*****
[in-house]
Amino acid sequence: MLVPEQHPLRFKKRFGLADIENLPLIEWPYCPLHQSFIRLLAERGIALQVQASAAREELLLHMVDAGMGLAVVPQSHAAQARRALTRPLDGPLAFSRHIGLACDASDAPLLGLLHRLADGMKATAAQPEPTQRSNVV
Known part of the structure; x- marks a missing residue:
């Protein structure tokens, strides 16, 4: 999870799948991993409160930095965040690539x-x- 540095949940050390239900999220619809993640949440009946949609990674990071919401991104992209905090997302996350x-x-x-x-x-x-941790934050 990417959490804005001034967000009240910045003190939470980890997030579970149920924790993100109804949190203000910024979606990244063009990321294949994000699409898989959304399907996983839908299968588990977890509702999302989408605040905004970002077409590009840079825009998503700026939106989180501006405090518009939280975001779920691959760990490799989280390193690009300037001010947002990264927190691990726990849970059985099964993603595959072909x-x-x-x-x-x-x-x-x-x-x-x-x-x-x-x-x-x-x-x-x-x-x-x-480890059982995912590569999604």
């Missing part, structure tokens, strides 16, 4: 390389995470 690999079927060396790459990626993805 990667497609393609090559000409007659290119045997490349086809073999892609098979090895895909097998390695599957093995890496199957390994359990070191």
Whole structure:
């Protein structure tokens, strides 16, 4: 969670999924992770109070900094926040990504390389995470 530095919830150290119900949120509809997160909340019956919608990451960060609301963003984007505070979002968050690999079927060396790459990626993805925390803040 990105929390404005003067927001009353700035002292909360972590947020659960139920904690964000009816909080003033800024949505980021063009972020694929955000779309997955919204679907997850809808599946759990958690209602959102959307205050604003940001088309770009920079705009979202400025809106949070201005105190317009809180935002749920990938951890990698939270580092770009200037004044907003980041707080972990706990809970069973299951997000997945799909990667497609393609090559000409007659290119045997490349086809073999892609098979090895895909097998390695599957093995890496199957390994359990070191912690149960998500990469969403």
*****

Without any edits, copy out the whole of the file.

[in-house]
Amino acid sequence: MLVPEQHPLRFKKRFGLADIENLPLIEWPYCPLHQSFIRLLAERGIALQVQASAAREELLLHMVDAGMGLAVVPQSHAAQARRALTRPLDGPLAFSRHIGLACDASDAPLLGLLHRLADGMKATAAQPEPTQRSNVV
Known part of the structure; x- marks a missing residue:
């Protein structure tokens, strides 16, 4: 999870799948991993409160930095965040690539x-x- 540095949940050390239900999220619809993640949440009946949609990674990071919401991104992209905090997302996350x-x-x-x-x-x-941790934050 990417959490804005001034967000009240910045003190939470980890997030579970149920924790993100109804949190203000910024979606990244063009990321294949994000699409898989959304399907996983839908299968588990977890509702999302989408605040905004970002077409590009840079825009998503700026939106989180501006405090518009939280975001779920691959760990490799989280390193690009300037001010947002990264927190691990726990849970059985099964993603595959072909x-x-x-x-x-x-x-x-x-x-x-x-x-x-x-x-x-x-x-x-x-x-x-x-480890059982995912590569999604």
């Missing part, structure tokens, strides 16, 4: 390389995470 690999079927060396790459990626993805 990667497609393609090559000409007659290119045997490349086809073999892609098979090895895909097998390695599957093995890496199957390994359990070191």
Whole structure:
């Protein structure tokens, strides 16, 4: 969670999924992770109070900094926040990504390389995470 530095919830150290119900949120509809997160909340019956919608990451960060609301963003984007505070979002968050690999079927060396790459990626993805925390803040 990105929390404005003067927001009353700035002292909360972590947020659960139920904690964000009816909080003033800024949505980021063009972020694929955000779309997955919204679907997850809808599946759990958690209602959102959307205050604003940001088309770009920079705009979202400025809106949070201005105190317009809180935002749920990938951890990698939270580092770009200037004044907003980041707080972990706990809970069973299951997000997945799909990667497609393609090559000409007659290119045997490349086809073999892609098979090895895909097998390695599957093995890496199957390994359990070191912690149960998500990469969403």